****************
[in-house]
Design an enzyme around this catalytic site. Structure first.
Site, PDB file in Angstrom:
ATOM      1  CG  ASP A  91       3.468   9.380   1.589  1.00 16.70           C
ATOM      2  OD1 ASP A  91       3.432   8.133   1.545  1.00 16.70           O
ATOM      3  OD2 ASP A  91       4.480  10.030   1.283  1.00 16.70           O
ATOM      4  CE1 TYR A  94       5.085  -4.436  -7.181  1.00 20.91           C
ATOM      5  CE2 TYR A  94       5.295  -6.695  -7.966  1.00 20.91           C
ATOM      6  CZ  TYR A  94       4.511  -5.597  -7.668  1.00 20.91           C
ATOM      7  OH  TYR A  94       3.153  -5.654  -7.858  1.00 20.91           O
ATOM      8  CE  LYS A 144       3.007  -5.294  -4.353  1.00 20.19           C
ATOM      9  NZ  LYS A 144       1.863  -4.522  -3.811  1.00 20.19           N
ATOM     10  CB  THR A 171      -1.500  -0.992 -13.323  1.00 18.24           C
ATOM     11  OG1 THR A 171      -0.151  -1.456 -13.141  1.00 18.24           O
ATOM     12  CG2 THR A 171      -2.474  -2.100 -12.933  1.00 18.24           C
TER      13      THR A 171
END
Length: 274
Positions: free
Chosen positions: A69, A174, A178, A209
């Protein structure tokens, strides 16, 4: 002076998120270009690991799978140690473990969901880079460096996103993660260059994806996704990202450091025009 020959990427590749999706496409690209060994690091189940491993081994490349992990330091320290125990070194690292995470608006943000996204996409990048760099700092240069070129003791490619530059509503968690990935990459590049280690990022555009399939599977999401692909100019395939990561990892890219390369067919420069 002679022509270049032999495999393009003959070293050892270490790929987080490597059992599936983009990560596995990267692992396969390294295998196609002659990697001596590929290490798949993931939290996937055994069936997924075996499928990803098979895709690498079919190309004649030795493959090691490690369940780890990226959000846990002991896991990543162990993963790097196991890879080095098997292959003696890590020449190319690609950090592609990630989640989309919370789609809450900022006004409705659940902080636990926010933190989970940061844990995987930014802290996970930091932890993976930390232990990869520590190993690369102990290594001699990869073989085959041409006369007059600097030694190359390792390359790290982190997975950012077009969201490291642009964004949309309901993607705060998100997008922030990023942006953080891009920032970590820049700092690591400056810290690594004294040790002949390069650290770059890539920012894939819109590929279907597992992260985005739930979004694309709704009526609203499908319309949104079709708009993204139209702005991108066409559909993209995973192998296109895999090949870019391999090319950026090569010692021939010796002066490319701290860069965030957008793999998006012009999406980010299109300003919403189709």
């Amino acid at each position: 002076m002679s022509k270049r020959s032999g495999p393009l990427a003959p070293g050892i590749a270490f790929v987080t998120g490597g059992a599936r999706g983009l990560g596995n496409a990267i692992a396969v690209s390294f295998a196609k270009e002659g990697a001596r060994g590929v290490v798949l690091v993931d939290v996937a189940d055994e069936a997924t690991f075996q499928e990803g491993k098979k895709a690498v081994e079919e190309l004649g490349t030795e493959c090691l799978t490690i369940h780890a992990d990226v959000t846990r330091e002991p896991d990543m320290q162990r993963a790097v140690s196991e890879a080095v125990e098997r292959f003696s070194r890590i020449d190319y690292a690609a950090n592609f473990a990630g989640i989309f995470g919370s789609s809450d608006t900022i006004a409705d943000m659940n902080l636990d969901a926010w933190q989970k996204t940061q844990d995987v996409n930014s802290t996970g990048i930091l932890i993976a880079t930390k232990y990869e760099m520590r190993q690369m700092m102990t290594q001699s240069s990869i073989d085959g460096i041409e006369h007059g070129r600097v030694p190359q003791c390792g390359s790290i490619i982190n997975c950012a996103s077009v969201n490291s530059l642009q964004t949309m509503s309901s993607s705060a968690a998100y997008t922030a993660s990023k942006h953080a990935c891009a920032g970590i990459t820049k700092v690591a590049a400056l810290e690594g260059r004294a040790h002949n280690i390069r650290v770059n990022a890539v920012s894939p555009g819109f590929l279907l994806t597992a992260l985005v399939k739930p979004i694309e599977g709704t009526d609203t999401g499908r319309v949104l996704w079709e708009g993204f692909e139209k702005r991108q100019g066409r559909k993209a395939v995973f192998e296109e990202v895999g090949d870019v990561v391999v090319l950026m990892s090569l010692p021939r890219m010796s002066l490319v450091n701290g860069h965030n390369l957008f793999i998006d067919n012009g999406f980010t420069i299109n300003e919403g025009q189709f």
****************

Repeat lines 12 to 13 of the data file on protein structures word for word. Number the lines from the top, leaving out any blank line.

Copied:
ATOM      9  NZ  LYS A 144       1.863  -4.522  -3.811  1.00 20.19           N
ATOM     10  CB  THR A 171      -1.500  -0.992 -13.323  1.00 18.24           C